In part, I think it also matters what kind of story you're writing. Any cop or lawyer has read police procedurals and court room dramas where the author does a good job with these various aspects. We've also all seen and read summer blockbuster-type stories where you're basically saying "that's a load of crap" when these issues come up, but you go with it anyway because it is a fun movie or book that isn't meant to be a strict legal drama. It reminds me of the X-Files. I was working in a DNA lab when that show was on, and there were plenty of times when Scully said something, or did something related to forensics or other science, where you shake your head because it's complete BS, but nevertheless love the show and continue to watch it.

    If you're really going for a story that take a hardcore approach to police and legal procedure, then I don't see what choice you have but to modify the facts of your situation so that the cop has some way to proceed, however difficult. If you're writing something more like a summer blockbuster type that doesn't care about those details, then I think you're fine being a little loose in these areas when the plot demands it.
     
  20. Ryan Elder
    Offline

    Ryan Elder Contributing Member

    Joined:
    Apr 15, 2015
    Messages:
    1,613
    Likes Received:
    78
    Well the cop needs to manipulate the villain and send her into a panic so she will do something to incriminate herself, and he can seize the evidence from her incrimination. Wouldn't that count as a sting?

    I would say that the first half is hardcore legal stuff, because this is what enables the crooks to get away with things, and then the police are helpless. But then the last half is more of the fun vigilante cop who wants to prove everyone wrong.

    So it's a tonal shift. First half is much more legally accurate for sure, but the second half I would like to take artistic license, but do I have to keep it consistent with the already established first half?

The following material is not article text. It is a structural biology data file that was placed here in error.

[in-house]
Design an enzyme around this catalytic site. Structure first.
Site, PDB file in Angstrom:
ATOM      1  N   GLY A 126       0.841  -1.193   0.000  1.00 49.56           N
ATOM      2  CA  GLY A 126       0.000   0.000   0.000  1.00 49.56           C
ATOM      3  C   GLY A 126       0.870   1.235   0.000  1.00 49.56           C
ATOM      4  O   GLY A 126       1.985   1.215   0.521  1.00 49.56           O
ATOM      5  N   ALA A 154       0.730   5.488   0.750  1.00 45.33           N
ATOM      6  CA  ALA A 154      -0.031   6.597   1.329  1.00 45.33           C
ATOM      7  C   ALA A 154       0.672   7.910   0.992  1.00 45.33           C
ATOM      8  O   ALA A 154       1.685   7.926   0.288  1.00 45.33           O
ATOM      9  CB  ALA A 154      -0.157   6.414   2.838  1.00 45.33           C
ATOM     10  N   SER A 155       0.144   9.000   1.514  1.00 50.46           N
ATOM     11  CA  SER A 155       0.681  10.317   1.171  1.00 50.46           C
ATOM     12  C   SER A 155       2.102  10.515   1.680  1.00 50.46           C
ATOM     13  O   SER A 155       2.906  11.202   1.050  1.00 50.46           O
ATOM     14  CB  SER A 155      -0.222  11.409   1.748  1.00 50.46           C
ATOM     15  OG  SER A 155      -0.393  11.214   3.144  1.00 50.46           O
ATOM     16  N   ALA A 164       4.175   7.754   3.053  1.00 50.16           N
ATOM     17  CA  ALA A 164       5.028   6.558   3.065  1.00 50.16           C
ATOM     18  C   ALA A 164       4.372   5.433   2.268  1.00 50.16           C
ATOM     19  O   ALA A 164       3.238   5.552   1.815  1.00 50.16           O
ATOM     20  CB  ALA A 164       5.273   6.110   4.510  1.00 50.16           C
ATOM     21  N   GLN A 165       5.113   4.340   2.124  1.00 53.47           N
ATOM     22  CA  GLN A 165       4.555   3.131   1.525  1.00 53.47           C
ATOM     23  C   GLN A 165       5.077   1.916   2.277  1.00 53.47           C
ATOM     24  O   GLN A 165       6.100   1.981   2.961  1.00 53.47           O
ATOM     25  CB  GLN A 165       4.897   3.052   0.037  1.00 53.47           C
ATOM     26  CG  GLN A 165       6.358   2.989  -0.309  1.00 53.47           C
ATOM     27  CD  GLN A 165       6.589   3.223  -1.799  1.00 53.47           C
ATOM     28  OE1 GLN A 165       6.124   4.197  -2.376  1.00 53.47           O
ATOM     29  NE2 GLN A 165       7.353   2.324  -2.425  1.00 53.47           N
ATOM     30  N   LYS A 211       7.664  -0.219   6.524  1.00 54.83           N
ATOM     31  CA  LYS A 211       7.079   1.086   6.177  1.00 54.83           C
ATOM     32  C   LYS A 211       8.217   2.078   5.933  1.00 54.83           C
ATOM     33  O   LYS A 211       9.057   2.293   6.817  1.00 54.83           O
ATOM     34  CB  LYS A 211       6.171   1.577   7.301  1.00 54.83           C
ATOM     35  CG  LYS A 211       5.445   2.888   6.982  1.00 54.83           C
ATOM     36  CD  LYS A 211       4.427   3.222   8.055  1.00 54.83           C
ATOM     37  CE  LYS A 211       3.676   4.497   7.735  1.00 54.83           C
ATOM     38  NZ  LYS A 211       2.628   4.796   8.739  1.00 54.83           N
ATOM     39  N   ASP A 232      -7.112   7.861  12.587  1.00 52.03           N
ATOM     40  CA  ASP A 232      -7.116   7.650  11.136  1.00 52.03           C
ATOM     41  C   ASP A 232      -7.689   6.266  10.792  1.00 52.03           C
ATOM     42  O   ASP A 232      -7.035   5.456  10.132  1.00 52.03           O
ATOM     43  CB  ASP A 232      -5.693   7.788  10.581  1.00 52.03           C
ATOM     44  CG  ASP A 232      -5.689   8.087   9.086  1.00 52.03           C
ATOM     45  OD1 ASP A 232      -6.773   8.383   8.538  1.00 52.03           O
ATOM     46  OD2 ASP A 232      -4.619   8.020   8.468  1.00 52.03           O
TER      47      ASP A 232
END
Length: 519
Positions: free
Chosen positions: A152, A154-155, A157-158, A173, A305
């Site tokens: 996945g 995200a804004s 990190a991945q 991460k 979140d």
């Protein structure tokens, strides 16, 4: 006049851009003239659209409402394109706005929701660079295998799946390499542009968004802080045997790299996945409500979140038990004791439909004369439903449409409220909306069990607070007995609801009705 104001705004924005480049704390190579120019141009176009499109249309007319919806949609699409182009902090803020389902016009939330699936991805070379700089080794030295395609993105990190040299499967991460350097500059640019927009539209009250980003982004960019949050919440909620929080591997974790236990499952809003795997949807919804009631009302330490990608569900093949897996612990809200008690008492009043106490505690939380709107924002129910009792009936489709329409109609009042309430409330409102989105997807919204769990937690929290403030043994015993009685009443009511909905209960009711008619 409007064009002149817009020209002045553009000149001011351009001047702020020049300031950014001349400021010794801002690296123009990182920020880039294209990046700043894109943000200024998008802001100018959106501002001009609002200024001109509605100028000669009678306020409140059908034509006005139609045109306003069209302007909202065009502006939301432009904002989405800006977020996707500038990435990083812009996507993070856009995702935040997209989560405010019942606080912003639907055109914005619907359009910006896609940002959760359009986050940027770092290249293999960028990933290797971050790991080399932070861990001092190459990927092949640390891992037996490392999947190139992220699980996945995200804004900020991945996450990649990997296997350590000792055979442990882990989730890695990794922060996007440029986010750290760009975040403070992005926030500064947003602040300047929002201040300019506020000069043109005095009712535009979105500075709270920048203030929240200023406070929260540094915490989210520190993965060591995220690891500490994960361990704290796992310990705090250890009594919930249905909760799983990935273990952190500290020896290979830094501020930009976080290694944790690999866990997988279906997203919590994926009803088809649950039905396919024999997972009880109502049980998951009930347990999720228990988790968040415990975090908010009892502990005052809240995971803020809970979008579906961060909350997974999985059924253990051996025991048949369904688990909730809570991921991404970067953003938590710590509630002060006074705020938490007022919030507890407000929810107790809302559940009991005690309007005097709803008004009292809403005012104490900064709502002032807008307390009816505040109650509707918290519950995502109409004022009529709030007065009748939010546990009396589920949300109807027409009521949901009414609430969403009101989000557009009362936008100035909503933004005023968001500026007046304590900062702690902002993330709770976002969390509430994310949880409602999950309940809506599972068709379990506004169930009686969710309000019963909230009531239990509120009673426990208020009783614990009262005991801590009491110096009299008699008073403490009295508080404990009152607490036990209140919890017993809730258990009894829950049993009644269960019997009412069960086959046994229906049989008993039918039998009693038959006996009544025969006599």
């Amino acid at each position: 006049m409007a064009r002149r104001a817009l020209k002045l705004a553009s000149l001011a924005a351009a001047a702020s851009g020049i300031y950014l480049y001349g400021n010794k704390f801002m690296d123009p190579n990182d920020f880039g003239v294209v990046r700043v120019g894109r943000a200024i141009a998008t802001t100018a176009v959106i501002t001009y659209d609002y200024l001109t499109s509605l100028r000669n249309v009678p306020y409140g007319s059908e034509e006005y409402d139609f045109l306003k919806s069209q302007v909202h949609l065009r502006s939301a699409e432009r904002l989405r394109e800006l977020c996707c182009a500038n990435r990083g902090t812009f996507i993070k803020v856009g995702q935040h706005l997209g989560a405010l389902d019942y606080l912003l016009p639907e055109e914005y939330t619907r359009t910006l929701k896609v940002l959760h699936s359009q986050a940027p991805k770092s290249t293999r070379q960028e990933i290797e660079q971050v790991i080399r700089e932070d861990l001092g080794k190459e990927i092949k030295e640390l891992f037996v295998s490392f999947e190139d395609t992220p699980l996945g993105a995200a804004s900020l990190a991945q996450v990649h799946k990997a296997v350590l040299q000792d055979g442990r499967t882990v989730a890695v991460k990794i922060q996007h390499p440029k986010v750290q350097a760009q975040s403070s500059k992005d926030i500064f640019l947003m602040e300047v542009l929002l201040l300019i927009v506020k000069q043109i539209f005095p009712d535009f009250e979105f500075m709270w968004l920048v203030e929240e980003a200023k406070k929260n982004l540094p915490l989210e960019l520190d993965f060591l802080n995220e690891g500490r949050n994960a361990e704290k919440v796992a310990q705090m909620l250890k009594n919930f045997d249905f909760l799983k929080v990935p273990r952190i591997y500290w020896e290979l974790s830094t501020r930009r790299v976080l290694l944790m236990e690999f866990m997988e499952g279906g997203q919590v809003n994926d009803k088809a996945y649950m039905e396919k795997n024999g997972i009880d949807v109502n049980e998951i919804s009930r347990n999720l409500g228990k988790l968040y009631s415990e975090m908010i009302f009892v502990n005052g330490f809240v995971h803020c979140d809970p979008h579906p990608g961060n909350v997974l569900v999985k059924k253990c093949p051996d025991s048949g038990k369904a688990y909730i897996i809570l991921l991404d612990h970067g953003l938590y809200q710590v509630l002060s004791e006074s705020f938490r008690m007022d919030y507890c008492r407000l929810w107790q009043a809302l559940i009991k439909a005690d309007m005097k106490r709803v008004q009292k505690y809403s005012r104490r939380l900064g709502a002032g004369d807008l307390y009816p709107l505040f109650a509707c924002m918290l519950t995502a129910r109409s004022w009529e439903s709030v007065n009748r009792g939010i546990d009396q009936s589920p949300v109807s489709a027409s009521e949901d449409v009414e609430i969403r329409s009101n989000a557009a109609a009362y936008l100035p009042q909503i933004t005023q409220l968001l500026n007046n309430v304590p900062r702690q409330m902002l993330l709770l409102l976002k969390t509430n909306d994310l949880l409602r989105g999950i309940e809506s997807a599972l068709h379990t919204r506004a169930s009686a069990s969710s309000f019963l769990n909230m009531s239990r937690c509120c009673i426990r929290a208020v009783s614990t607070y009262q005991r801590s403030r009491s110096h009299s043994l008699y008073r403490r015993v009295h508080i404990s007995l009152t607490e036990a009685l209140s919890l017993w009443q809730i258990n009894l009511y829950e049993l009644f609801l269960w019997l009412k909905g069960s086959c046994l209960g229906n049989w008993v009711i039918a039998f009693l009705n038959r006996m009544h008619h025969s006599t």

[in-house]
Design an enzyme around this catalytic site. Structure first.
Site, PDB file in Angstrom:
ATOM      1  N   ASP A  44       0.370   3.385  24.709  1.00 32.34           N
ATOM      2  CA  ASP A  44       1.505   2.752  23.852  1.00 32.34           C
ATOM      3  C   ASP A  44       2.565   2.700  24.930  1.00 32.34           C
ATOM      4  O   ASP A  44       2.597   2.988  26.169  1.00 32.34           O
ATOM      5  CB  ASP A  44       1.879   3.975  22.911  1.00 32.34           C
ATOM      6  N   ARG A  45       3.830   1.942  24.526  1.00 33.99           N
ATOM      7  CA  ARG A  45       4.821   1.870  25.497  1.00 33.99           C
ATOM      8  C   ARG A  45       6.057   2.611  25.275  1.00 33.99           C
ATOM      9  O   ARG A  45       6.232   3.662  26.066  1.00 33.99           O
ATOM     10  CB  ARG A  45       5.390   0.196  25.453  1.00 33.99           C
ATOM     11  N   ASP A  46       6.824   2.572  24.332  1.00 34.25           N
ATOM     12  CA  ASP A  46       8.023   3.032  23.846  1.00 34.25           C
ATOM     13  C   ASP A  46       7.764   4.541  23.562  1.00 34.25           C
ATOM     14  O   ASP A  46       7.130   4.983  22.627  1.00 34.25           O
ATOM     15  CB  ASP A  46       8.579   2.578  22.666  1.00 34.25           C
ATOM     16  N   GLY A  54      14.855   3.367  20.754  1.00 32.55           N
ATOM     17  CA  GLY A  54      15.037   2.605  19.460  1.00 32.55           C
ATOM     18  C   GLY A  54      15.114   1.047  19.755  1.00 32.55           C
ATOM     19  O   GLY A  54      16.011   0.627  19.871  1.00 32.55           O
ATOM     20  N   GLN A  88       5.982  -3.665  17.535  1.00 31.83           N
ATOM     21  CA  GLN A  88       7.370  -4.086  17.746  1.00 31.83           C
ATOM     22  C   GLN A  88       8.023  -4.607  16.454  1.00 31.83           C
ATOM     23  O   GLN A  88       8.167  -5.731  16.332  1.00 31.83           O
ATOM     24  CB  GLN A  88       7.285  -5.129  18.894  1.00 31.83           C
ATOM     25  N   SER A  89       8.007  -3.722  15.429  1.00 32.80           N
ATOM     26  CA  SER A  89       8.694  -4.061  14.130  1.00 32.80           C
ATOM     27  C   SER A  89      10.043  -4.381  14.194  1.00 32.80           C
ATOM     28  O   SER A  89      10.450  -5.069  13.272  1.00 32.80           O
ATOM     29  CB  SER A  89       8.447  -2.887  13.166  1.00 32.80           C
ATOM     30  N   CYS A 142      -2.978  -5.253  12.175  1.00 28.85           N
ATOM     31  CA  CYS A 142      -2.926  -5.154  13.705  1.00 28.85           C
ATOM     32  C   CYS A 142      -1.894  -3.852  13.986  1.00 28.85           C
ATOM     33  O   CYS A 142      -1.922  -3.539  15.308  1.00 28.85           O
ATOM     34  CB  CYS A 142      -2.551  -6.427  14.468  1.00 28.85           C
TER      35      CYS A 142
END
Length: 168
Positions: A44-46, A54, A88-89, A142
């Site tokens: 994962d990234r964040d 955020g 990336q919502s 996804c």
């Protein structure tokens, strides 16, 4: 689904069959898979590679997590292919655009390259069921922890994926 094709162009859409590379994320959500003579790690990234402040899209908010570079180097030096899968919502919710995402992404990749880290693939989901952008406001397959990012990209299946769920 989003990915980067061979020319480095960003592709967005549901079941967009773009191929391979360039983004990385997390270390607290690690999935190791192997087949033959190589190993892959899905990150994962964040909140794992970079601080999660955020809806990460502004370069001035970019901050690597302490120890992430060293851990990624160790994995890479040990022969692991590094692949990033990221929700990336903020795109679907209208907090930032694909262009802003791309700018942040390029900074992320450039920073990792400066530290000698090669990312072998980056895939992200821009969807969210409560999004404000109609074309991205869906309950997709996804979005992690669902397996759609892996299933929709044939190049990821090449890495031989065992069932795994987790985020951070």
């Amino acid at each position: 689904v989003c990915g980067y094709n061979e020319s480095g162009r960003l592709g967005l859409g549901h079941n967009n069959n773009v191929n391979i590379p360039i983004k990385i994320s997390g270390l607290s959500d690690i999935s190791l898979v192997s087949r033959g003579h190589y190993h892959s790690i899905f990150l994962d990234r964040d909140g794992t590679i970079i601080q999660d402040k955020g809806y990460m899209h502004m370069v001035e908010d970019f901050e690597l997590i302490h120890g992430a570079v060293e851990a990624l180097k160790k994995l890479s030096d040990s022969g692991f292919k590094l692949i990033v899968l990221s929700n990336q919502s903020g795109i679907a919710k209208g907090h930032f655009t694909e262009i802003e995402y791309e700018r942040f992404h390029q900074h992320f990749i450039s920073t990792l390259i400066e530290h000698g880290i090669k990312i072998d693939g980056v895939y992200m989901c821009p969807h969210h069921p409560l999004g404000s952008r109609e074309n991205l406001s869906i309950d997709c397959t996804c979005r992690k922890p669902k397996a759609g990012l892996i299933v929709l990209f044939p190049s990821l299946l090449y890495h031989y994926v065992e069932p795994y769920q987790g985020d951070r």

Well as far as knowing what judges to go to, in my story, the MC has been working on his own and working against his own people. The police are after him cause they believe he is going to kill the rapist, and want to stop him. But he actually wants to bring in case first on his own, if he can.

    But if I write it the climax, that he knows the exact right judge to call who will give him the warrant that he needs, could that come off as a deux ex machina, if the system was working against him the whole time before?

    There is also another law that might work for my story. I keep reading that a cop has the right to enter a residence, if he believes that evidence will be destroyed if he waits. I thought about using this, but police tell me that it's a load of bull and no officer is going to get admissible evidence, when it was clearly his own vendetta, and he didn't have any real probable cause, or reason to be there, that was sanctioned previously.

    But maybe there is someway to use that law to the advantage of the story. But the evidence is on the computer though, and there still needs to be a warrant for that.
     
  21. Steerpike
    Offline

    Steerpike Felis amatus Supporter Contributor

    Joined:
    Jul 5, 2010
    Messages:
    11,123
    Likes Received:
    5,323
    Location:
    California, US
    Seems to me that whether it would, and whether it would be impermissible, would depend on exactly what the cop did.
     
  22. Ryan Elder
    Offline

    Ryan Elder Contributing Member

    Joined:
    Apr 15, 2015
    Messages:
    1,613
    Likes Received:
    78